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Western Expansion and Cotton

Western Expansion and Cotton

           In the 1830s and 1840s, cotton was among the first world’s luxuries after tobacco and cotton. Cotton was referred to as a king due to its role in the growth of the American economy. Surprisingly, it could not have earned a prestigious position in the American economy without the contribution of the enslaved Africans. In the 17th and 18th centuries the enslaved Africans were the key drivers of the cotton plantations, and through their labor, they helped to build America into an economic powerhouse. In the 19th century movements to abolish slave trade emerged and almost tore the great nation into parts through a bloody Civil War. The abolition of the slave trade was seen as a threat to the American economy that primarily relied on cotton. In as much as Cotton was the pillar of the American economy in the 17th, 18th and 19th centuries, it was more of a curse than a blessing since it production involved forcefully soliciting labor from the blacks. PLAGIARIZED SAMPLE ORDER YOUR PAPER NOW

Inarguably, the enslaved Africans were the builders of the American economy in the early days — the slogan “King Cotton” revitalized slavery. The high profits gained from cotton farming influenced enslavement of more Africans before illegalizing trans-Atlantic trade. In chapter 4 in the, Voice of Freedom, by Foner (2016) it is revealed that between 1787 and 1808, 250, 000 new slaves arrived in the United States. The great value of cotton became the driving force of expanding the American territory to Southwest to foster trade between the United States and Europe (Foner, 2016). Through slave labor, cotton became the leading export in American even many years after abolishing slavery.

From the perspective of the American economy, the cotton was a blessing, but from the slavery point of view, it was a curse. The trade between the United States and Great Britain was boosted by cotton production. Great Britain depended on slave-produced United States cotton to feed its textile industry. The data has shown that black people were the drivers of the Britain economy (Olmstead & Rhode, 2016). For example, 40 percent of the Britain exports were from textile mills, and one-fifth of the English was either indirectly or directly engaged in the cotton textile sector. For the U.S, cotton was the fundamental product for maintaining the trade between America and Great Britain. However, it is heartbreaking to realize the ‘gold’ trade product was at the expense enslaved black people through forced labor. It is more of a curse than a blessing to enjoy the proceeds of the cotton that were results of the involuntary labor from oppressed and mistreated people.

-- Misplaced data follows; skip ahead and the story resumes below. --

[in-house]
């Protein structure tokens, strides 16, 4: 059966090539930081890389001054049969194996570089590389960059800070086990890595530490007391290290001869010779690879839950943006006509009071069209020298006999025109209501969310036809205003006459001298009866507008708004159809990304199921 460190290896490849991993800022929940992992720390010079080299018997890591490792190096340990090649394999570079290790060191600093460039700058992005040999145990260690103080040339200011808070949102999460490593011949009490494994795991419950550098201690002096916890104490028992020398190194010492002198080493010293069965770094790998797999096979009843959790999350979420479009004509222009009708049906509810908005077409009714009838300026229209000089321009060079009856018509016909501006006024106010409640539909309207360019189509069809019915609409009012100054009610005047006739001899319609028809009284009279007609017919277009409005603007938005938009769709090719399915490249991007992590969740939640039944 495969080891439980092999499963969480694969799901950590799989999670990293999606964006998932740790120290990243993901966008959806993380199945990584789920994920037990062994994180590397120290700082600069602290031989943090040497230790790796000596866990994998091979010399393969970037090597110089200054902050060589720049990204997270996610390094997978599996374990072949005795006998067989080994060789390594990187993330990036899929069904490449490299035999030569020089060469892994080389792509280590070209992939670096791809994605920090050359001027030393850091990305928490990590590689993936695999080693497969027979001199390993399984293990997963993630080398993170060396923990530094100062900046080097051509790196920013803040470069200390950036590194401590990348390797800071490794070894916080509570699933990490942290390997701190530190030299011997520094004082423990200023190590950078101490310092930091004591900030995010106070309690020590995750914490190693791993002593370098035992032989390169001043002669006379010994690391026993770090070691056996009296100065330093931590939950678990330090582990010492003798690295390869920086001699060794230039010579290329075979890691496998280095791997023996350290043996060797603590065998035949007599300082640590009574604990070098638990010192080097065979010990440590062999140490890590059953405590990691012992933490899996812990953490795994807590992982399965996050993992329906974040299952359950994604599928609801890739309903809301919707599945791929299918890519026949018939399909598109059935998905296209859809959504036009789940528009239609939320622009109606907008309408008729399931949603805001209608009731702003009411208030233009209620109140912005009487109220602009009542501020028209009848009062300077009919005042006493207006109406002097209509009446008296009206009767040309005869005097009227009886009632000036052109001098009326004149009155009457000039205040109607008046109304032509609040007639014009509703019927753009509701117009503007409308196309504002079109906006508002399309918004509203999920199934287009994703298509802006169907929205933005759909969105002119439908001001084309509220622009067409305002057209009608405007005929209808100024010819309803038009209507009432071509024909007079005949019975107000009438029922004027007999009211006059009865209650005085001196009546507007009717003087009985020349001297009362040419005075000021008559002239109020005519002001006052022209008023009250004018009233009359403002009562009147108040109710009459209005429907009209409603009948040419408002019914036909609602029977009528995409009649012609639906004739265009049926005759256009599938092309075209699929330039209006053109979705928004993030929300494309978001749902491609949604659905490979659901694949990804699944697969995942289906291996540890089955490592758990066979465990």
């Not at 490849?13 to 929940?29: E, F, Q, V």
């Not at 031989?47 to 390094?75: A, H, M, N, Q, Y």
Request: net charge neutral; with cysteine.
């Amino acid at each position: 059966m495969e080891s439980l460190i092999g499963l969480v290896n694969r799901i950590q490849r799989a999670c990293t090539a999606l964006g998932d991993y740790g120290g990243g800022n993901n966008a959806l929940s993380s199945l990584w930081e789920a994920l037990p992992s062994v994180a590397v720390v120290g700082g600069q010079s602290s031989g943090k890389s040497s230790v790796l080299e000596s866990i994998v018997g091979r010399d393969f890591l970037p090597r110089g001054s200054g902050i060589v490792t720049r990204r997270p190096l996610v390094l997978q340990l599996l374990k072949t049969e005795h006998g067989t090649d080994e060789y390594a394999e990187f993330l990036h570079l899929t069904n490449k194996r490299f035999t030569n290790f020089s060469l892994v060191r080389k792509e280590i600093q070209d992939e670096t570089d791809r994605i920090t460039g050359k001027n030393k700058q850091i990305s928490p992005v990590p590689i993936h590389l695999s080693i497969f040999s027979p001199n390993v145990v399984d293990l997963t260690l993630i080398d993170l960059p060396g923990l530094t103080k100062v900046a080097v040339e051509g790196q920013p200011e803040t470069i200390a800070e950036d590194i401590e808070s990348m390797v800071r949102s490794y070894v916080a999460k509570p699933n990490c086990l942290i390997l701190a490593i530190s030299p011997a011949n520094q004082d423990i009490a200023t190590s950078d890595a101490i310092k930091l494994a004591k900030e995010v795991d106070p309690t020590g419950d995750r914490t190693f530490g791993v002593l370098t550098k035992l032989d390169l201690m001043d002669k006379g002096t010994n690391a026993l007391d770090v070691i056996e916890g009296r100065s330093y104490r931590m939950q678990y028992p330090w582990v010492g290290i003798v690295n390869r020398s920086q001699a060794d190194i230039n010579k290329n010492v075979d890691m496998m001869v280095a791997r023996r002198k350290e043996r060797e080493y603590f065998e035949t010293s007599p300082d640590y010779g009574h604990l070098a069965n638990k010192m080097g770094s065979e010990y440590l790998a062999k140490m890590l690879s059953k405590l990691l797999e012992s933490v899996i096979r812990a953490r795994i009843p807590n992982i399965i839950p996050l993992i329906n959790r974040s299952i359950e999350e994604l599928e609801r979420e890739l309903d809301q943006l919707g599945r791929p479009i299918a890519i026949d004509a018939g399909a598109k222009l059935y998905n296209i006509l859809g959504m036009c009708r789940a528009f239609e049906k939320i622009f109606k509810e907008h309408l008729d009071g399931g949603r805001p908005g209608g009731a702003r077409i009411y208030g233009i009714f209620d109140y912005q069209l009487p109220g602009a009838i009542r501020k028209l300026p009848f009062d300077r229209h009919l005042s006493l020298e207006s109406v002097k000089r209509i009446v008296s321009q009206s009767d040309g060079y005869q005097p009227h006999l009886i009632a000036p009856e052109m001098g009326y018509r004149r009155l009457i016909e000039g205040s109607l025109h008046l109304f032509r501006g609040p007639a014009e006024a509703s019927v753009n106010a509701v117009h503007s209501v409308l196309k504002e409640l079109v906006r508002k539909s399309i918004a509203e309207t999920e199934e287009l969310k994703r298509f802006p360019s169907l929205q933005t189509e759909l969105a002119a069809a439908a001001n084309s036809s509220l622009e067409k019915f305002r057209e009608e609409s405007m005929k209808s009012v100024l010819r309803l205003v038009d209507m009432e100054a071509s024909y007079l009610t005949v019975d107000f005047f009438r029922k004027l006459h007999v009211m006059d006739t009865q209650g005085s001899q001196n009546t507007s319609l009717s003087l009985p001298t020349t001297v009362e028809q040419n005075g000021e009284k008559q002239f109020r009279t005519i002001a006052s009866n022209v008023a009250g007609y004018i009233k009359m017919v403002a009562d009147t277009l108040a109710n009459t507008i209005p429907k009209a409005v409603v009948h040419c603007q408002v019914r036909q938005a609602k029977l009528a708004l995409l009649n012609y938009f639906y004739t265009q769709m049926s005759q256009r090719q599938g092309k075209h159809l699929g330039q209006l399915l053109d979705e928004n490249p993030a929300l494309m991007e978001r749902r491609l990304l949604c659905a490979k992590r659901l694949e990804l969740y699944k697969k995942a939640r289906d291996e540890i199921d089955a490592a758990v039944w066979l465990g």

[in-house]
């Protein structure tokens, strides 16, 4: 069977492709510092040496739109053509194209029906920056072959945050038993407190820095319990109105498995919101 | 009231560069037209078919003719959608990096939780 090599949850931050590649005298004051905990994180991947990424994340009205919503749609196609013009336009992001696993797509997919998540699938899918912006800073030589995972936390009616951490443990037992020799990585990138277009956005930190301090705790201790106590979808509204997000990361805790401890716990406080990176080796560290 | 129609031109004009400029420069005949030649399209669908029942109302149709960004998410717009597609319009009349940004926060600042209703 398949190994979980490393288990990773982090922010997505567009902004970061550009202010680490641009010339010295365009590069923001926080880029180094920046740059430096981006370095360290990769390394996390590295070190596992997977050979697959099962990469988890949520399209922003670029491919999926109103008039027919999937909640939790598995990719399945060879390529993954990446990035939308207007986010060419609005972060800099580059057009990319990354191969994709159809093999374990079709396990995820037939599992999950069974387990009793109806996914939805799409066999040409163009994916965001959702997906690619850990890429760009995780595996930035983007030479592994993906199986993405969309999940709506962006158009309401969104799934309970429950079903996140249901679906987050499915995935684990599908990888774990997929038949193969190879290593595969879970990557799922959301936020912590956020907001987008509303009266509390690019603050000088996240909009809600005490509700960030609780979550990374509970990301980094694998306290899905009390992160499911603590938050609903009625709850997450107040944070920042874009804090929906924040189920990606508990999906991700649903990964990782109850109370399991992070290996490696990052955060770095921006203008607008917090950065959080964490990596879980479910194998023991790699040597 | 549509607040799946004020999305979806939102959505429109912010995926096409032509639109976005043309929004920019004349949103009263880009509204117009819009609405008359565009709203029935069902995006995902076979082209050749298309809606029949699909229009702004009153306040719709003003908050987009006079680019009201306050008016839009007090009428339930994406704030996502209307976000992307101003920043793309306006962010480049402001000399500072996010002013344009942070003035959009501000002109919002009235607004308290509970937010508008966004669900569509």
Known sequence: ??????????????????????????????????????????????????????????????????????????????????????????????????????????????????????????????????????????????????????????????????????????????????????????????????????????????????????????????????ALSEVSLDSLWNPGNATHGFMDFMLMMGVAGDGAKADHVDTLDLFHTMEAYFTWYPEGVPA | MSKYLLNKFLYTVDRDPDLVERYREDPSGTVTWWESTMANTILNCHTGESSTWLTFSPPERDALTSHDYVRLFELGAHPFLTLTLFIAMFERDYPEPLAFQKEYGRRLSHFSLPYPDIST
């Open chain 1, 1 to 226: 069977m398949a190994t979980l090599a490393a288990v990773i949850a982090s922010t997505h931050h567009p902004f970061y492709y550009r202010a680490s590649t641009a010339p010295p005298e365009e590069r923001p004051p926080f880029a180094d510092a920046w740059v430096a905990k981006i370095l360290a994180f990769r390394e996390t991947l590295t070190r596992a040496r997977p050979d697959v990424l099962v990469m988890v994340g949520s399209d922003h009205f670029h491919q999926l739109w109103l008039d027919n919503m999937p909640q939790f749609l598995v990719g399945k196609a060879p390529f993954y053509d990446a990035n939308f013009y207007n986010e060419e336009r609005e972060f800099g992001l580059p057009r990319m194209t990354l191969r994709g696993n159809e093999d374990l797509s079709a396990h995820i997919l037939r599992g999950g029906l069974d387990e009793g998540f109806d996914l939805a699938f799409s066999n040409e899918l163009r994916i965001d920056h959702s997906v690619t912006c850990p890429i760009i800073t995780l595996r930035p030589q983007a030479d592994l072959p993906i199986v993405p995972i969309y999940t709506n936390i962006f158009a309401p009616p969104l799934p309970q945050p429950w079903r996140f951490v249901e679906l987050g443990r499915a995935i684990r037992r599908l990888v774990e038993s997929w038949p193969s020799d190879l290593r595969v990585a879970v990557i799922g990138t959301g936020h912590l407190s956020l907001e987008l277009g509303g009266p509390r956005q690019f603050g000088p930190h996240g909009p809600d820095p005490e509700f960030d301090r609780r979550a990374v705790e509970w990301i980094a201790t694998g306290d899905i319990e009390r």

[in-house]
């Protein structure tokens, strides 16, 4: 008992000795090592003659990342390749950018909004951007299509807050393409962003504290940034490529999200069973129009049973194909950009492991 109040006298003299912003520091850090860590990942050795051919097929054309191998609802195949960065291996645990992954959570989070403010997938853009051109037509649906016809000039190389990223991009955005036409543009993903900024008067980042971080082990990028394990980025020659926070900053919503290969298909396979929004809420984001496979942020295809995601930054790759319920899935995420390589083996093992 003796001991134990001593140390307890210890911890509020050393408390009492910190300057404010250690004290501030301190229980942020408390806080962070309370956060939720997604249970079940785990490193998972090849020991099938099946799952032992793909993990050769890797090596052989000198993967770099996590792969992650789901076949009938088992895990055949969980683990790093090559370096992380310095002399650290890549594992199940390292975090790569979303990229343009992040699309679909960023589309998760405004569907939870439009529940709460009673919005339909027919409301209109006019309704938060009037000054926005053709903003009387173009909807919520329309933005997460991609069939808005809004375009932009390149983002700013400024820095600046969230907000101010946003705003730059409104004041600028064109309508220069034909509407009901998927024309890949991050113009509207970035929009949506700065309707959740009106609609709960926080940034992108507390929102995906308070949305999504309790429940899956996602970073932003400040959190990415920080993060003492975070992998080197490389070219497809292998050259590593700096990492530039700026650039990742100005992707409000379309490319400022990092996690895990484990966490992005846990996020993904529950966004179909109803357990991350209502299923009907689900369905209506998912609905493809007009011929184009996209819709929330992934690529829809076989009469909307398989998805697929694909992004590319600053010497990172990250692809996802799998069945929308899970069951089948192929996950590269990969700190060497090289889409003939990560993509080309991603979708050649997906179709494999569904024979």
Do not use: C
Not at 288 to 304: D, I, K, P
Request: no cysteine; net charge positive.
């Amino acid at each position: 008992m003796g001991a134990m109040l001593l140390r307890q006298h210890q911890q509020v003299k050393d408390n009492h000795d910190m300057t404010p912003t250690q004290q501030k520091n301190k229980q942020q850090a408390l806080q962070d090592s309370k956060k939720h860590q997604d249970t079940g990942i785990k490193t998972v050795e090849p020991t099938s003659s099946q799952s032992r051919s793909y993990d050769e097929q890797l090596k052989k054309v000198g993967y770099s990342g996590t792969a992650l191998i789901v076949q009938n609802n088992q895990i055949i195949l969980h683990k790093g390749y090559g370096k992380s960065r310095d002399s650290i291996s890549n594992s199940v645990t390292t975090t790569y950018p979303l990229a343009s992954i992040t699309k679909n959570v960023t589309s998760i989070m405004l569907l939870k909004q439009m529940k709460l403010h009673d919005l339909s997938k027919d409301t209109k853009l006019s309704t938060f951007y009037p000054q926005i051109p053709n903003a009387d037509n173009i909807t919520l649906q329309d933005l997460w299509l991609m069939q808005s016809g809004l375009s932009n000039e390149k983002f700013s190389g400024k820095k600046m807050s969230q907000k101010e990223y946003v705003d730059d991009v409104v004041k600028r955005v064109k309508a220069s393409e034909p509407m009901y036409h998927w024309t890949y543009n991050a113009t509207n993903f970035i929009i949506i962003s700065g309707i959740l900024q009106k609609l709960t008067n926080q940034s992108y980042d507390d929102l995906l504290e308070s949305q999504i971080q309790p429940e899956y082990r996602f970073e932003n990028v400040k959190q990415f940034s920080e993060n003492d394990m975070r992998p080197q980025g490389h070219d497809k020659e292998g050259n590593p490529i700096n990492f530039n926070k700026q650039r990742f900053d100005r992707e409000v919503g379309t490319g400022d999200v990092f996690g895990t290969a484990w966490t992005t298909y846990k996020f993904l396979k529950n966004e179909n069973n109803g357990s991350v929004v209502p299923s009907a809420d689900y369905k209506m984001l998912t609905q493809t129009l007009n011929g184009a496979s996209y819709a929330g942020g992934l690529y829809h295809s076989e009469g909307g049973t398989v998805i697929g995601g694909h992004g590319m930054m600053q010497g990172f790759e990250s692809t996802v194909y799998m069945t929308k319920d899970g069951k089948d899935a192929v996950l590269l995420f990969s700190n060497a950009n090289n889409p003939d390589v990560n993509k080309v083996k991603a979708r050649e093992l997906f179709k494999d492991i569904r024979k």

The eruption of the Civil war proves that cotton was a curse in the development of America. It is true that cotton was the key determinant of American history in the 19th century. However, the perception that the slave-produced cotton was the “King Cotton” sparked the Civil War. The preferential treatment of cotton aroused the most prolonged social disaster, slavery, and as a result, the slave-grown cotton led to the bloody Civil War. To attest that the slave-produced cotton was serious social issues, the New England states joined the fight to bring enslavement into an end.

Cotton was of paramount importance in the American economic development. It was one of the leading American exports in 17th, 18th and 19th centuries. However, it is hurting to realize America’s economic development was at the cost of the enslaved blacks. Maybe, the slave-produced cotton could be equated to the Hitler’s mass killing of Jews. It sounded like a sadistic act for America to build its economy from enslaved people who were forced to provide their labor. The slave-grown cotton ended with a bloody Civil War; hence, a justification that cotton was a curse rather than a blessing. PLAGIARIZED SAMPLE ORDER YOUR PAPER NOW

References

Foner, E. (2016). Voices of Freedom: A Documentary History (Fifth ed., Vol. 2). New York: Norton & Company.

Olmstead, A. L., & Rhode, P. W. (2016, October ). Cotton, Slavery, and the New History of Capitalism. Retrieved from Columbia.edu: https://www.law.columbia.edu/sites/default/files/microsites/law-economics-studies/olmstead_-_cotton_slavery_and_history_of_new_capitalism_131_nhc_28_sept_2016.pdf

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